Epic poems telling of cultures colliding, deeply conflicted identities and a fast-changing world were written by the Greeks under Roman rule in the first to the sixth centuries CE. Now, the first comprehensive study of these vast, complex texts is casting new light on the era that saw the dawn of Western modernity.
A 2,000-year-old intact and inscribed sundial – one of only a handful known to have survived – has been recovered during the excavation of a roofed theatre in the Roman town of Interamna Lirenas, near Monte Cassino, in Italy.
New archaeological analysis suggests people of Western Roman Empire switched between Hunnic nomadism and settled farming over a lifetime. Findings may be evidence of tribal encroachment that undermined Roman Empire during 5th century AD, contributing to its fall.
A sledge made from a horse’s jaw, the remains of a medieval puppet, the coffin of a one-year-old Roman child, and the skeleton of an Anglo-Saxon girl will all go on display in Cambridge today as part of a unique exhibition illuminating the archaeology of childhood.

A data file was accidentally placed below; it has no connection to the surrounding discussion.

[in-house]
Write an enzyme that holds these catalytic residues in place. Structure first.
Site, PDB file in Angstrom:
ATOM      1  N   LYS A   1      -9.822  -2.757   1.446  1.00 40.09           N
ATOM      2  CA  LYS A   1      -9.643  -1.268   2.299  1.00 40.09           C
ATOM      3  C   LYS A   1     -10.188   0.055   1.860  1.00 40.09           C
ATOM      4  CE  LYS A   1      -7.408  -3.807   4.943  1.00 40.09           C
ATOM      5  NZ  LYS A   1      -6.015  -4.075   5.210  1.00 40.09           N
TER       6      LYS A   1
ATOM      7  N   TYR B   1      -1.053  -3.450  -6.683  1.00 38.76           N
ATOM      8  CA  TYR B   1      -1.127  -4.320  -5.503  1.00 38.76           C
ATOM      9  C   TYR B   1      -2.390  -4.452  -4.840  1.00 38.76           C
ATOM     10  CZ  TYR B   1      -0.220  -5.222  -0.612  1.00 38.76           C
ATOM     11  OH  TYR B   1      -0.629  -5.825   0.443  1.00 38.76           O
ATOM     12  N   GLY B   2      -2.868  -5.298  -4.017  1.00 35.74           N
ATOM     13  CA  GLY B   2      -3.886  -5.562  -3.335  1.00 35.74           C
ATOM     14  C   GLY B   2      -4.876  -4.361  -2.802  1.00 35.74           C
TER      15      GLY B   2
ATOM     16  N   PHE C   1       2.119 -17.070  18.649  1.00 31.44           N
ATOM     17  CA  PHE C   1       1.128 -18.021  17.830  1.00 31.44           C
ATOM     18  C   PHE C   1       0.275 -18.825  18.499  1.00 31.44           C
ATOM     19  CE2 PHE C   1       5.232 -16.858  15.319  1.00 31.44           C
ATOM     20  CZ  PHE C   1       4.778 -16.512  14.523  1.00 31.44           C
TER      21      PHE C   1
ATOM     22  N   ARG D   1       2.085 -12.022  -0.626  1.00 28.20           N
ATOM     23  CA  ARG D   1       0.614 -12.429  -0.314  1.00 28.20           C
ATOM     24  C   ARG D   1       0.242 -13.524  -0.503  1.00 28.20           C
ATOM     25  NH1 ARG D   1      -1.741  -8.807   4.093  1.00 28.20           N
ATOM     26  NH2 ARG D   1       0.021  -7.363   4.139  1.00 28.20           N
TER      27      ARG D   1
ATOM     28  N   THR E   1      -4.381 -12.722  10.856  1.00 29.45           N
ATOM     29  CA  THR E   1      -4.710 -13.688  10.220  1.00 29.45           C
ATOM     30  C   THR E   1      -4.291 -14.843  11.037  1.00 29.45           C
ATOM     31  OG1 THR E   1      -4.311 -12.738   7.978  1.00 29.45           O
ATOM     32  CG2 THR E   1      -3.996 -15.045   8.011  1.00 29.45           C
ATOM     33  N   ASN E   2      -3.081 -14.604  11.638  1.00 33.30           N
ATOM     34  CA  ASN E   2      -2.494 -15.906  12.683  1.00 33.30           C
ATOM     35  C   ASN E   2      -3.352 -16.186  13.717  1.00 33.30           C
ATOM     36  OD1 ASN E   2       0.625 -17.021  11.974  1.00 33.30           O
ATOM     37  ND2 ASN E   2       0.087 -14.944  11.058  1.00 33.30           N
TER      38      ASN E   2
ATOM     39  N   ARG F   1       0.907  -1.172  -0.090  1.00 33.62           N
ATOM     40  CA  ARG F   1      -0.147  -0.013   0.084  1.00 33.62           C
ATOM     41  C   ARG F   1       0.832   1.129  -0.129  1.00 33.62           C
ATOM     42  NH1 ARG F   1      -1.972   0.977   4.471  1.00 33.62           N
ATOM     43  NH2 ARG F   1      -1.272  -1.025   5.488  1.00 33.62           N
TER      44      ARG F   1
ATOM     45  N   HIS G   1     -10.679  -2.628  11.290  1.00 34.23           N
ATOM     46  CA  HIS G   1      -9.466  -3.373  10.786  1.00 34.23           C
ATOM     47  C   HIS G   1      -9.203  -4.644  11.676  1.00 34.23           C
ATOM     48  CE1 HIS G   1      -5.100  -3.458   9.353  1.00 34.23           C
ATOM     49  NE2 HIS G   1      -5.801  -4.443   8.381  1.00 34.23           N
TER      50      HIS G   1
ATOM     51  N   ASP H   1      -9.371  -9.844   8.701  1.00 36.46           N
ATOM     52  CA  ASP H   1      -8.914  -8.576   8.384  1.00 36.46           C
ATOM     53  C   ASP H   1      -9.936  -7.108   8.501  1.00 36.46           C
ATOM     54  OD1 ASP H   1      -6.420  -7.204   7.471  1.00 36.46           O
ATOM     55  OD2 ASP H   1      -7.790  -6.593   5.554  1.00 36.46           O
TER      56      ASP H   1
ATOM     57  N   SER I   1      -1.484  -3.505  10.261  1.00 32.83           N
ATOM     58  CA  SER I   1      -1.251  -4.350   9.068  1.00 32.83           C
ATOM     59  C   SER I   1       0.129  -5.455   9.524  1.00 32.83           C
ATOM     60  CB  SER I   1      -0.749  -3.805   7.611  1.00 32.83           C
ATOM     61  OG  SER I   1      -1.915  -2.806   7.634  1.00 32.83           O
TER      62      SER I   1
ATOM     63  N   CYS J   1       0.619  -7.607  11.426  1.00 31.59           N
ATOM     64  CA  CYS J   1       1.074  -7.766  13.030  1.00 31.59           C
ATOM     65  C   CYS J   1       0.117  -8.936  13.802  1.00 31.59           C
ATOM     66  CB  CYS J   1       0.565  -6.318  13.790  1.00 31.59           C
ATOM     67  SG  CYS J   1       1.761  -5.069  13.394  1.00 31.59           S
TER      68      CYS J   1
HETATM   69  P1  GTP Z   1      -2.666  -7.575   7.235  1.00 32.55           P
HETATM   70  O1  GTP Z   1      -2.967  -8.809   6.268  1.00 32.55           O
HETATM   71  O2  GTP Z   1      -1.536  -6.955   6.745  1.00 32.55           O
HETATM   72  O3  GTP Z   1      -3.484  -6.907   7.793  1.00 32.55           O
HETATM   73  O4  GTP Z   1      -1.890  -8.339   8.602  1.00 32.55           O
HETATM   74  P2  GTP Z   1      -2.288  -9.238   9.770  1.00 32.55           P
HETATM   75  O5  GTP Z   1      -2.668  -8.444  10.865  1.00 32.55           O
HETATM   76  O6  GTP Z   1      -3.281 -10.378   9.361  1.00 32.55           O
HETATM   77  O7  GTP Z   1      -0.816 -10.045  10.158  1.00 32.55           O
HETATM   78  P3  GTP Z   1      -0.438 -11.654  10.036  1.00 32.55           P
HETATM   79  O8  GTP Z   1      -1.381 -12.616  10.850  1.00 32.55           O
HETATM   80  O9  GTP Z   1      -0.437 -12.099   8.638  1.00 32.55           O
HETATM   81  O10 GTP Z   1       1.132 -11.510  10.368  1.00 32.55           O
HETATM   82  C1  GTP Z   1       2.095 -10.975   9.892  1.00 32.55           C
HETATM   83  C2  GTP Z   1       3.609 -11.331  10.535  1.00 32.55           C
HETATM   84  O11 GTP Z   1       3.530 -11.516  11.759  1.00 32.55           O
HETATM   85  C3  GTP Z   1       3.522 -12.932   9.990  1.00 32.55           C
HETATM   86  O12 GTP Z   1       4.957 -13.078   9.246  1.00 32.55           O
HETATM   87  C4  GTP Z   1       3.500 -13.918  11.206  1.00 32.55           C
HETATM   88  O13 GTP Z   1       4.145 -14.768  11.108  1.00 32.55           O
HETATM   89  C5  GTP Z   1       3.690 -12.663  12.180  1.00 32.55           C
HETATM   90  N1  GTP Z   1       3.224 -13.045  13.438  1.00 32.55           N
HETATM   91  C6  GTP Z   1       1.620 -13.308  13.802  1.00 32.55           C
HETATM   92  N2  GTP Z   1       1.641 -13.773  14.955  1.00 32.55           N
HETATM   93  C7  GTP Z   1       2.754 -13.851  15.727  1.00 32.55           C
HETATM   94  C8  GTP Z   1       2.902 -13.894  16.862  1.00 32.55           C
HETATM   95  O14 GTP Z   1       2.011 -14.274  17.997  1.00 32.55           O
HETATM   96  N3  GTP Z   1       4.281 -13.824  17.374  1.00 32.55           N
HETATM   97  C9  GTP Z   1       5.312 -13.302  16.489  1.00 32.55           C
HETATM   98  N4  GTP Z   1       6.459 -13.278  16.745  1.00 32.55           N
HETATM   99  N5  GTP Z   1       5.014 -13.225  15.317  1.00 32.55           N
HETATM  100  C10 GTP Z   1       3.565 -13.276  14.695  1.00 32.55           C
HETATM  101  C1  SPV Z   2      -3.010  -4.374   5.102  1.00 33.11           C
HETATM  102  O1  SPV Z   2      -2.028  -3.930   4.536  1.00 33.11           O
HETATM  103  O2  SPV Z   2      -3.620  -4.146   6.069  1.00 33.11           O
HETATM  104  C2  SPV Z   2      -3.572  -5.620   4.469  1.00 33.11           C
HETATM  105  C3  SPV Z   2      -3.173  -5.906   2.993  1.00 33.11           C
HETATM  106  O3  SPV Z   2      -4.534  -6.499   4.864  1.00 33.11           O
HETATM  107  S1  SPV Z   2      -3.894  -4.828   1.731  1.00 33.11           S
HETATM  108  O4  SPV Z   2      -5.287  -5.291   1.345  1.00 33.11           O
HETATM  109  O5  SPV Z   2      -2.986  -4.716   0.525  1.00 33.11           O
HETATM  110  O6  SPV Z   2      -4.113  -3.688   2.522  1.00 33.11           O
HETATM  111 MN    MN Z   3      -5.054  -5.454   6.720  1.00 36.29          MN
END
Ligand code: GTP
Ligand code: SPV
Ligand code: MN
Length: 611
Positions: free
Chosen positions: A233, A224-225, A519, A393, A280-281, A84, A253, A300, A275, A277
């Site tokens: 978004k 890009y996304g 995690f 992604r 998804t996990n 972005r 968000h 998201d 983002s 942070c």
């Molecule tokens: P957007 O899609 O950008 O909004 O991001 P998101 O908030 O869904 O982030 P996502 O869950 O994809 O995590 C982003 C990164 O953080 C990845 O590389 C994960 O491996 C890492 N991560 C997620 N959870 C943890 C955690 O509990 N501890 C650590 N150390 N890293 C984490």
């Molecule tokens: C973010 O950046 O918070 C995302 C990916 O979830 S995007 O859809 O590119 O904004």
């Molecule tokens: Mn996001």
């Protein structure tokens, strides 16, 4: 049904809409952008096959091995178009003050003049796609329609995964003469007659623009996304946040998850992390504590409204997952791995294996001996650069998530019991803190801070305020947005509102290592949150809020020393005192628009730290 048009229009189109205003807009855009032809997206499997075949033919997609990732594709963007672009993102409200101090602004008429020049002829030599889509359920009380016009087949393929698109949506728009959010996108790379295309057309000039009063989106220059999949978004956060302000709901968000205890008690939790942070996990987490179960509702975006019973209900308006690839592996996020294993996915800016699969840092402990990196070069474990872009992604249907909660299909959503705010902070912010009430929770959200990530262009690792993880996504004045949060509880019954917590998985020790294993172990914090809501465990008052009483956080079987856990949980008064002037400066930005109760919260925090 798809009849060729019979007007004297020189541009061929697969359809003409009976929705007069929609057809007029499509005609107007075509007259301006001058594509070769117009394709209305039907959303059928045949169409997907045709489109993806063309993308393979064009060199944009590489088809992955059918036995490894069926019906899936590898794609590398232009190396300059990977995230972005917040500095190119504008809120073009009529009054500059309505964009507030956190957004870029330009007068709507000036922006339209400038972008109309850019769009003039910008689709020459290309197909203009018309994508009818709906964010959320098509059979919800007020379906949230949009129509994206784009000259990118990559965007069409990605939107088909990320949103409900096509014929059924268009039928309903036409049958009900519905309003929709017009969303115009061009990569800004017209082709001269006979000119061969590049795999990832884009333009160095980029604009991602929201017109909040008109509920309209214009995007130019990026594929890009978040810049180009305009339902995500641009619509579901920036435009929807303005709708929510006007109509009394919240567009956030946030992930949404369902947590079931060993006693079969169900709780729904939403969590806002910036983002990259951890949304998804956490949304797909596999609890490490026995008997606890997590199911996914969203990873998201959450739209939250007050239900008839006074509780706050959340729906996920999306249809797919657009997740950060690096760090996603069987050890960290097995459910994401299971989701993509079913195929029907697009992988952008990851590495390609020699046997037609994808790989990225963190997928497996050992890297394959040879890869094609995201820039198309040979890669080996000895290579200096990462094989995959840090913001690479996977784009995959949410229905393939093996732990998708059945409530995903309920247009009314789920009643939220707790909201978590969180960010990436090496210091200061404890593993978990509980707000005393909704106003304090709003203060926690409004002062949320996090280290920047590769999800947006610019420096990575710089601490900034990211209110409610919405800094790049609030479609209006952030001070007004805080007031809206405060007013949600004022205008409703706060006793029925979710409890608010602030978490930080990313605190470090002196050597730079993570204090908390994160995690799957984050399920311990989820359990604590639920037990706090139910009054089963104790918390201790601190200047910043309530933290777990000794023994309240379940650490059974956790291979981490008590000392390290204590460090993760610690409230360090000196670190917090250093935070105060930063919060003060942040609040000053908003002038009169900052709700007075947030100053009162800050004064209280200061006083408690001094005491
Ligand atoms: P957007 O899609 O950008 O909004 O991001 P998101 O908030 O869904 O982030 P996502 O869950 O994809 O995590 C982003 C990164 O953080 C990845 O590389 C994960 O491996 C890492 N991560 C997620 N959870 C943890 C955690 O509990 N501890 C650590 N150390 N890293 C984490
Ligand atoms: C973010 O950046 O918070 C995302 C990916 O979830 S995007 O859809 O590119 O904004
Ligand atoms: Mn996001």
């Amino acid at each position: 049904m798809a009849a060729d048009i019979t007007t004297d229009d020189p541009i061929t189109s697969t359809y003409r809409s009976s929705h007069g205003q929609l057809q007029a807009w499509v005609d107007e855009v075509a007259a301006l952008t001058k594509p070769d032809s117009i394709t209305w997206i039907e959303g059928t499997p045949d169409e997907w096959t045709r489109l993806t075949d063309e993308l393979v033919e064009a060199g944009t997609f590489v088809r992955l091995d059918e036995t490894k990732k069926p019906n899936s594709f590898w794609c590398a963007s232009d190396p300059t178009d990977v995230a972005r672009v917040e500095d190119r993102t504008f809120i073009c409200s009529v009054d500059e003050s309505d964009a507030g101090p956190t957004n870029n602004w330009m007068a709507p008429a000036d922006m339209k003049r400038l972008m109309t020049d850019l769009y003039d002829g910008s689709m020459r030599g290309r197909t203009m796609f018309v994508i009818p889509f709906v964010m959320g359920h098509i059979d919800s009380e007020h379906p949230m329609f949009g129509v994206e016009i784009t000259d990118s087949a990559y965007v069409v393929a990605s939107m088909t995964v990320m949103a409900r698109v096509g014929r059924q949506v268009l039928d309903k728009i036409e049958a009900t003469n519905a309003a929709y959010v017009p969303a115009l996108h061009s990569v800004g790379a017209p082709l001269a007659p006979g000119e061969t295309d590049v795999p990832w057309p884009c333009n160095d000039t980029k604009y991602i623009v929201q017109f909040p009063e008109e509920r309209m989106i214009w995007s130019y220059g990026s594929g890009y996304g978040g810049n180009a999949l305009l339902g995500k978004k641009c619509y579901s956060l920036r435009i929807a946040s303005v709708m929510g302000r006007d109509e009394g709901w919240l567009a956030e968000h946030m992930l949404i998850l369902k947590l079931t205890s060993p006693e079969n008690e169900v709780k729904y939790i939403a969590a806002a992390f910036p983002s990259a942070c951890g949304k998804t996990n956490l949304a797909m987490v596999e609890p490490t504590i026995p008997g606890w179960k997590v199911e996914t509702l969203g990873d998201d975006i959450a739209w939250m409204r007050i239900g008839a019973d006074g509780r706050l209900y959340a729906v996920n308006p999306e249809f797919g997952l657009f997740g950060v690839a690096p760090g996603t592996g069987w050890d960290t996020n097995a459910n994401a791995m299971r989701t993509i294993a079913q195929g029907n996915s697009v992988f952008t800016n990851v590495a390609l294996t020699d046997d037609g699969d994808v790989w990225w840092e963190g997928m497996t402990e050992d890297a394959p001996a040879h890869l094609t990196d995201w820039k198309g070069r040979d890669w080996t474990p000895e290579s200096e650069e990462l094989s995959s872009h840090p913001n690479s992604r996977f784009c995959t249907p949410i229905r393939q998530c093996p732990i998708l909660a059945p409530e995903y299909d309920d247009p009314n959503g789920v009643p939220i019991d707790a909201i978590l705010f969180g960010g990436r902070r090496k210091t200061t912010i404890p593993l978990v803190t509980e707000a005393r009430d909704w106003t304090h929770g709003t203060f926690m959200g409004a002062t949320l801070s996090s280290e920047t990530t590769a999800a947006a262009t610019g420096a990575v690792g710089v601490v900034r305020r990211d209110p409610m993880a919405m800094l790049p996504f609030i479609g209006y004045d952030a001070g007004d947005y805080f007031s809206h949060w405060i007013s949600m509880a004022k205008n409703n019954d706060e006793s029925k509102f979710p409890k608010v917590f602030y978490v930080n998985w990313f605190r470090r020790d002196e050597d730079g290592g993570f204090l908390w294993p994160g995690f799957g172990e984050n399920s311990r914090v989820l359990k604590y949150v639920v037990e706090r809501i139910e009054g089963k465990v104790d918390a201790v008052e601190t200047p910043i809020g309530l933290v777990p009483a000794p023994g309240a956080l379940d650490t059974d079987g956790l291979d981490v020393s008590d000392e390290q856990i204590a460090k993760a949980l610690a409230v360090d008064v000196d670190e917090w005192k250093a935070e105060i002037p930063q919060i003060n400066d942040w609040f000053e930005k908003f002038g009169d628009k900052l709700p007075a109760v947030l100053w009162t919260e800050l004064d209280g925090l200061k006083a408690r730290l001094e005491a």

Archaeological evidence shows that intestinal parasites such as whipworm became increasingly common across Europe during the Roman Period, despite the apparent improvements the empire brought in sanitation technologies.
Piers Mitchell (Department of Biological Anthroplogy) discusses what Roman toilets did for the health of the population.
What do we mean when we say that someone has ‘classical’ good looks? Are male nudes in art appropriate viewing for family audiences? In looking at the arguments ignited by the opening, in 1854, of an exhibition of Greek and Roman statuary, Dr Kate Nichols explores the ways in which notions of beauty, morality and gender are intertwined.
Researchers from the universities of Cambridge and Southampton have discovered a new section of the boundary wall of the ancient Roman port of Ostia, proving the city was much larger than previously estimated.